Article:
One of the technology companies that has gained from banks’ increased vigilance is Digital Reasoning, based outside Nashville in the U.S. state of Tennessee.
Digital Reasoning’s software can scan up to billions of communications from thousands of traders, spotting language patterns and raising a red flag to potentially dubious activity.
Rob Metcalf, the company’s president and chief operating officer, told Reuters there has been a sharp increase in interest for this software from banks over the last six months, just as the global investigation has taken off.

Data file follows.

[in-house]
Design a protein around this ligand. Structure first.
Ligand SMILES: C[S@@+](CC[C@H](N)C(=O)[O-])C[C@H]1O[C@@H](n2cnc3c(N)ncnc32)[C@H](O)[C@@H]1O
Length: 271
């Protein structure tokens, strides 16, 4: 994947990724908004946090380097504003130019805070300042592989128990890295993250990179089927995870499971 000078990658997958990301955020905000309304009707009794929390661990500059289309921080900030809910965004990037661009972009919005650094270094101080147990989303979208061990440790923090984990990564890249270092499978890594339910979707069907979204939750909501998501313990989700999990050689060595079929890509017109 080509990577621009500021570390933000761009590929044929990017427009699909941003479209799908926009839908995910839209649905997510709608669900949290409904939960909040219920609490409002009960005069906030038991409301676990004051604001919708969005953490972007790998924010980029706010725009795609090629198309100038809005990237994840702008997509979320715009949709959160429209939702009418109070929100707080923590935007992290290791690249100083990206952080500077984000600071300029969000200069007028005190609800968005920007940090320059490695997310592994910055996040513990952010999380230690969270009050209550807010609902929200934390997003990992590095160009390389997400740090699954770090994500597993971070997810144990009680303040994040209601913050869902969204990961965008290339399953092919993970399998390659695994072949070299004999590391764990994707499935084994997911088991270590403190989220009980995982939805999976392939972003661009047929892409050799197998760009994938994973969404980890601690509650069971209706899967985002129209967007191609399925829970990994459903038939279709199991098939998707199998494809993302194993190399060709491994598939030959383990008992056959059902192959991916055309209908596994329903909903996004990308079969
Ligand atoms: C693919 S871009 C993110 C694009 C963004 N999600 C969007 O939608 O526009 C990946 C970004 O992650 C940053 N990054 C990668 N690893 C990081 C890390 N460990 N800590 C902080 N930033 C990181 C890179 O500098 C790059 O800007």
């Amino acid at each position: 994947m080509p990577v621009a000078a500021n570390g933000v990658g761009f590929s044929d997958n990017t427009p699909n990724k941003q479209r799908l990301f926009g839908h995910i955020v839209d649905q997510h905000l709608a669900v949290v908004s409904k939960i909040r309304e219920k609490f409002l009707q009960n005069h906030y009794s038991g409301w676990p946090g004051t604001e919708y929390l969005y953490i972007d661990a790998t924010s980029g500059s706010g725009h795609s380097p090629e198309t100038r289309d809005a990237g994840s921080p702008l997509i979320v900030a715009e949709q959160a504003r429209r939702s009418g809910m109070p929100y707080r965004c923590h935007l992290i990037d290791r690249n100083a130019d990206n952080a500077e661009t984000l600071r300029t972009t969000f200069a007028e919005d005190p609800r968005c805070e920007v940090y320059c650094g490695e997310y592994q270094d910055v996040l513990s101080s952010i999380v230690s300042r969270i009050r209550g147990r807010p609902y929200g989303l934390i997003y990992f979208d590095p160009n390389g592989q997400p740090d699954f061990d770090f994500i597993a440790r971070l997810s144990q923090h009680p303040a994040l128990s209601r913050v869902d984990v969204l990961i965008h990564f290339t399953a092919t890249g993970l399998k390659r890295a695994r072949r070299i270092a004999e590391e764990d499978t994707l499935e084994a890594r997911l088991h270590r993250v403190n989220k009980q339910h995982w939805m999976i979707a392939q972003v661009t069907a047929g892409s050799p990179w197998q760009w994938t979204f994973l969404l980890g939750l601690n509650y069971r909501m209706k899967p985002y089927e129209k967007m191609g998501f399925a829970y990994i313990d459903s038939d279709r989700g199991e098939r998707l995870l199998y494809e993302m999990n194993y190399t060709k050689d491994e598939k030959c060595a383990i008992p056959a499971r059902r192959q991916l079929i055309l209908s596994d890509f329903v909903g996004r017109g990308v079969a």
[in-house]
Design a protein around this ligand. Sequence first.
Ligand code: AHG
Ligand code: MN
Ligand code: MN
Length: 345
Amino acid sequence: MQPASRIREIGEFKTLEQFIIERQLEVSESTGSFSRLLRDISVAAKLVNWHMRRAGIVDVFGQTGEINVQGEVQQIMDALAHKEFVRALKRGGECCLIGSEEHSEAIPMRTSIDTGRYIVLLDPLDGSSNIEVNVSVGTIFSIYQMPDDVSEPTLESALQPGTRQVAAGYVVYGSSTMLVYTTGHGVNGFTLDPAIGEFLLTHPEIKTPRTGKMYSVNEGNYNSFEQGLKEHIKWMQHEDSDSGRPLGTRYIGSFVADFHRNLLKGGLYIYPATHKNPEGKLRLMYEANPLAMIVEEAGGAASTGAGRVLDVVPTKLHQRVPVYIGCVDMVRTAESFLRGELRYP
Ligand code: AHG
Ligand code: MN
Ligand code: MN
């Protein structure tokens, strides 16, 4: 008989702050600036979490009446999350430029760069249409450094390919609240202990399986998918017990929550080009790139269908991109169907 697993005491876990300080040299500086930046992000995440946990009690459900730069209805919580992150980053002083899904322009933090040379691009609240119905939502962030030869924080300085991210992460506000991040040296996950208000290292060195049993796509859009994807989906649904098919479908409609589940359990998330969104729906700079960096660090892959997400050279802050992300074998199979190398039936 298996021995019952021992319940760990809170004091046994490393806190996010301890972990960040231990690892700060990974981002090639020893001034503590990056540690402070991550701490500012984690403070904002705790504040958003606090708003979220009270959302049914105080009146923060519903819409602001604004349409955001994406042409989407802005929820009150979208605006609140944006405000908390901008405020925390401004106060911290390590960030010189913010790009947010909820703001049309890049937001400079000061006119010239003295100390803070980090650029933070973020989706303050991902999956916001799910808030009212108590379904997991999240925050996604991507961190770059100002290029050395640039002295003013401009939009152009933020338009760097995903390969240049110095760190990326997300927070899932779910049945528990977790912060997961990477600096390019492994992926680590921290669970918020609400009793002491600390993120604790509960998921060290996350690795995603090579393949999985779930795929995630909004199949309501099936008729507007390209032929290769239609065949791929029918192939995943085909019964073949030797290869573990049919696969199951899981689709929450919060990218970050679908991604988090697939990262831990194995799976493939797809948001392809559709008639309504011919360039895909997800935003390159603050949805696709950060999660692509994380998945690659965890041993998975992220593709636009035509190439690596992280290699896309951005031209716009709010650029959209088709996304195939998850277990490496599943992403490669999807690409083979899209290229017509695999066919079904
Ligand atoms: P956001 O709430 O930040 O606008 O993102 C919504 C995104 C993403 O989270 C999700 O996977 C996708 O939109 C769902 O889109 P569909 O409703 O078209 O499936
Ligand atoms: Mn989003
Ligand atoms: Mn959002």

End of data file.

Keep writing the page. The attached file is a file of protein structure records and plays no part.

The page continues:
“The big banks will drive this, and regulators are interested too. It will be a ‘base-line’ capability across major banks in two years,” he said.
Metcalf says his firm is in “active conversation” with 10-20 of the world’s leading financial institutions, particularly U.S. and European firms.
Reuters contacted UBS, Deutsche Bank AG , Credit Suisse AG, JP Morgan, Citigroup, Royal Bank of Scotland and Barclays to see whether they were buying such technology. None of the banks commented for this report.